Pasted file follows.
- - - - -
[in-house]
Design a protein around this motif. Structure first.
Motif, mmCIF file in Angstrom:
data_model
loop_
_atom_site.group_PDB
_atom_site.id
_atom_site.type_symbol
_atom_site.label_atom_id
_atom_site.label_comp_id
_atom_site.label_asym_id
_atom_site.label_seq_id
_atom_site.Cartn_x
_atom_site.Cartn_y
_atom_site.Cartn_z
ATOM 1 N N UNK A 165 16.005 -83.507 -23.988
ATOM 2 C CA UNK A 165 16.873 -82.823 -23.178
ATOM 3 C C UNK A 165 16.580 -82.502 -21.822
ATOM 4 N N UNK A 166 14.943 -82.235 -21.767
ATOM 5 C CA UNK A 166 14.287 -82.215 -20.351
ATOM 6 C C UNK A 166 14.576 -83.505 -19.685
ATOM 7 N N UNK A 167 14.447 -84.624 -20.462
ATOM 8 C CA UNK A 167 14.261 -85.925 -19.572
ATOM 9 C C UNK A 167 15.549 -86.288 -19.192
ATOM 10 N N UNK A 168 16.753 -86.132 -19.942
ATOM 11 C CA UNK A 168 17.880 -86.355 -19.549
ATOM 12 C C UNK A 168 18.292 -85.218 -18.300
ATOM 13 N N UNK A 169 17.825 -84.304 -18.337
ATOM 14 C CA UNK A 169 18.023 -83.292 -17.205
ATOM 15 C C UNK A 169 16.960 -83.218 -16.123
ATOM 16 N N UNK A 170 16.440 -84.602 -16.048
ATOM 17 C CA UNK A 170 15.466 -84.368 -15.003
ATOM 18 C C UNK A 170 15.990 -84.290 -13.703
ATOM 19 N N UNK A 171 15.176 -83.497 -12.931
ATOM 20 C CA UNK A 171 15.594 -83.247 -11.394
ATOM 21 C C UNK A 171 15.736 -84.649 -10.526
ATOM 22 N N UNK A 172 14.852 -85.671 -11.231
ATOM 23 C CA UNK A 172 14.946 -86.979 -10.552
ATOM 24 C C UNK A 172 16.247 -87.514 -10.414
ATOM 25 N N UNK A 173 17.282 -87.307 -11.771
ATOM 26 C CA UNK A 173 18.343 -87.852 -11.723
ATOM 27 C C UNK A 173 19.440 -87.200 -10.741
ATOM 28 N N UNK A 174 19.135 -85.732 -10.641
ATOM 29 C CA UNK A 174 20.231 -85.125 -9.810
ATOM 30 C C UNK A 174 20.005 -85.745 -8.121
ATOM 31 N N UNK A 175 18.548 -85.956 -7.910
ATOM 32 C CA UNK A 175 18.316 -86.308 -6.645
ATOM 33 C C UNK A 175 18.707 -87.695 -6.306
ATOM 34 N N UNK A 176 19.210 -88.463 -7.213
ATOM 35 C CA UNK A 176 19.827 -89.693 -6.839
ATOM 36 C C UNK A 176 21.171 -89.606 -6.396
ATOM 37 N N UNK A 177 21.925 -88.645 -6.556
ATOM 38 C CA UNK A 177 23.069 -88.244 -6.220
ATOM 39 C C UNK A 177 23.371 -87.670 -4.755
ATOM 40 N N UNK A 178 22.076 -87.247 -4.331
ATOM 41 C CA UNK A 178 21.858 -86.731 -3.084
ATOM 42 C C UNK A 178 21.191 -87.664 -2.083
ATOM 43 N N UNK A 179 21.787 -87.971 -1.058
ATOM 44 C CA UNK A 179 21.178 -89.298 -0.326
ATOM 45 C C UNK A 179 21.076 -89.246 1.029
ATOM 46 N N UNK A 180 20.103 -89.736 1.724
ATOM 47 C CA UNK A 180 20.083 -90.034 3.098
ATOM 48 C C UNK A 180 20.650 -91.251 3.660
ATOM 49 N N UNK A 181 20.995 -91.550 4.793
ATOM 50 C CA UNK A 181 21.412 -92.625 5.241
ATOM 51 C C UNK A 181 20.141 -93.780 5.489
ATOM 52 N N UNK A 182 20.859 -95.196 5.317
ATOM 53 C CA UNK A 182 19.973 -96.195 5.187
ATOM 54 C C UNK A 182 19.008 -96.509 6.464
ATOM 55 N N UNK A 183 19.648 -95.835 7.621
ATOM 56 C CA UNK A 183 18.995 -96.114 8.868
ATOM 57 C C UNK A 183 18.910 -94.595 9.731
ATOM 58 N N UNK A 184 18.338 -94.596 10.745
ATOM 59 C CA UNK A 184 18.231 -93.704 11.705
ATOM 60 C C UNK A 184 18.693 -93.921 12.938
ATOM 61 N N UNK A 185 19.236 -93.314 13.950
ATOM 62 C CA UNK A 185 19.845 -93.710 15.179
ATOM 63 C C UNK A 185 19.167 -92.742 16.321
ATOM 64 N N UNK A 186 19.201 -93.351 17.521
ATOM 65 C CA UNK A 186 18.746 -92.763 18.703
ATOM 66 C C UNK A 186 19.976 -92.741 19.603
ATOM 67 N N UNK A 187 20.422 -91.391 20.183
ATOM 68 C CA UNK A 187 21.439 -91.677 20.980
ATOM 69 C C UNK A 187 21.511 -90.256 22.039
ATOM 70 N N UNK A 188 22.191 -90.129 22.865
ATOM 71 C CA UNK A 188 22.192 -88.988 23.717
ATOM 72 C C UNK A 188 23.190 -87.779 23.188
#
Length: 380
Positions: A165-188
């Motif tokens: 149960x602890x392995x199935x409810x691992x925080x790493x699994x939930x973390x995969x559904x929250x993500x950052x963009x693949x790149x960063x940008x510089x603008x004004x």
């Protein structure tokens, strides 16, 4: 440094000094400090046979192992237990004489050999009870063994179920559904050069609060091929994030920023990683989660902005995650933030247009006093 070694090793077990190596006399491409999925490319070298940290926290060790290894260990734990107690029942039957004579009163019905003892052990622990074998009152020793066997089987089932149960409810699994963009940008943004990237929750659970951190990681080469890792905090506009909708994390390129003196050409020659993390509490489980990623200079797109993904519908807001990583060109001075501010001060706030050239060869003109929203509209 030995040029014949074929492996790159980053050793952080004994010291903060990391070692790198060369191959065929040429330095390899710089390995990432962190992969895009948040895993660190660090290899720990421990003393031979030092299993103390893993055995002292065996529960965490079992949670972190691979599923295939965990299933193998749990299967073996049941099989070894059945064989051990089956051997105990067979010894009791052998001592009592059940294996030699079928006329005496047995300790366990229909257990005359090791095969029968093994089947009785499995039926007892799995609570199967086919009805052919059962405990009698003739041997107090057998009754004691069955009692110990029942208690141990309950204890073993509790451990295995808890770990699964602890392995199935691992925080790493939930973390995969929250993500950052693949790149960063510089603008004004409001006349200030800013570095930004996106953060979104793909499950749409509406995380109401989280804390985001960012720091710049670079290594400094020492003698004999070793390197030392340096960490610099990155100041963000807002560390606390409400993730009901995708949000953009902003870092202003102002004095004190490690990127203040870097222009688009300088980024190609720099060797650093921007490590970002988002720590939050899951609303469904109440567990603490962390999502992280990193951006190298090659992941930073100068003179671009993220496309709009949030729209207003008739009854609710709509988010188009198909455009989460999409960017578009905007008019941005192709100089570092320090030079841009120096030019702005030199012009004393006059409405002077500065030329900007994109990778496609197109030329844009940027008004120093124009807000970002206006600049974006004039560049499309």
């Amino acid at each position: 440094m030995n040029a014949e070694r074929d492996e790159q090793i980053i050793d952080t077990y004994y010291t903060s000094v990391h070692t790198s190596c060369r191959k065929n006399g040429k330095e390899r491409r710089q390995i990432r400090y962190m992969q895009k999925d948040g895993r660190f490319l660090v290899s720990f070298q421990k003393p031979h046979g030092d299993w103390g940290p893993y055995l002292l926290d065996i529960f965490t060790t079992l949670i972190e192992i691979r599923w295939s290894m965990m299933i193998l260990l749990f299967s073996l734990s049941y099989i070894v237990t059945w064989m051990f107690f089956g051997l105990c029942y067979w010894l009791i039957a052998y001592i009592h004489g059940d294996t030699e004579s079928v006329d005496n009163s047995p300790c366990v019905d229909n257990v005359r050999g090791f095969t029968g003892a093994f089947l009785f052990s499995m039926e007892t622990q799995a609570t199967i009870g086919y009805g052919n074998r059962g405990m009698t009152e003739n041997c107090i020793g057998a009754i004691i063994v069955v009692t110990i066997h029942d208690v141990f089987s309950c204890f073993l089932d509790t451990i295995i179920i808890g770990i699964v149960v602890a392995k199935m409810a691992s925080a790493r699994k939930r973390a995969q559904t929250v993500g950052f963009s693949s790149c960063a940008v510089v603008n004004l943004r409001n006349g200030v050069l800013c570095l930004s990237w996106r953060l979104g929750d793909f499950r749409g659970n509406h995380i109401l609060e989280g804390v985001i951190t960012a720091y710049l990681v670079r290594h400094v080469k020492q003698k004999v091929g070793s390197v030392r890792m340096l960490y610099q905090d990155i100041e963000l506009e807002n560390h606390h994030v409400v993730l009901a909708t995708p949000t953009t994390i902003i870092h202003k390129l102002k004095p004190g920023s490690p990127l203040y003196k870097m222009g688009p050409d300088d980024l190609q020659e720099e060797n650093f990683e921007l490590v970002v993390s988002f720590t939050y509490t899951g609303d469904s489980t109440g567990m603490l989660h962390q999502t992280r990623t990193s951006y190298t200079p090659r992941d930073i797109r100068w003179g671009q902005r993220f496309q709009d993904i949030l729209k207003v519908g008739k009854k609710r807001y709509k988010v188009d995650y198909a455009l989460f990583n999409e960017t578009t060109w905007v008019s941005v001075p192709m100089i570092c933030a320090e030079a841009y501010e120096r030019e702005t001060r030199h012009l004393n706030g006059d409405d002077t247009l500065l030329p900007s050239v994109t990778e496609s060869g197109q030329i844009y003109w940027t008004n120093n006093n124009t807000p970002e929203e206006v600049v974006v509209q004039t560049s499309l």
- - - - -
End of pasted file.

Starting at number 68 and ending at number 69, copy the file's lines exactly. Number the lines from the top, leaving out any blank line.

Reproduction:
ATOM 53 C CA UNK A 182 19.973 -96.195 5.187
ATOM 54 C C UNK A 182 19.008 -96.509 6.464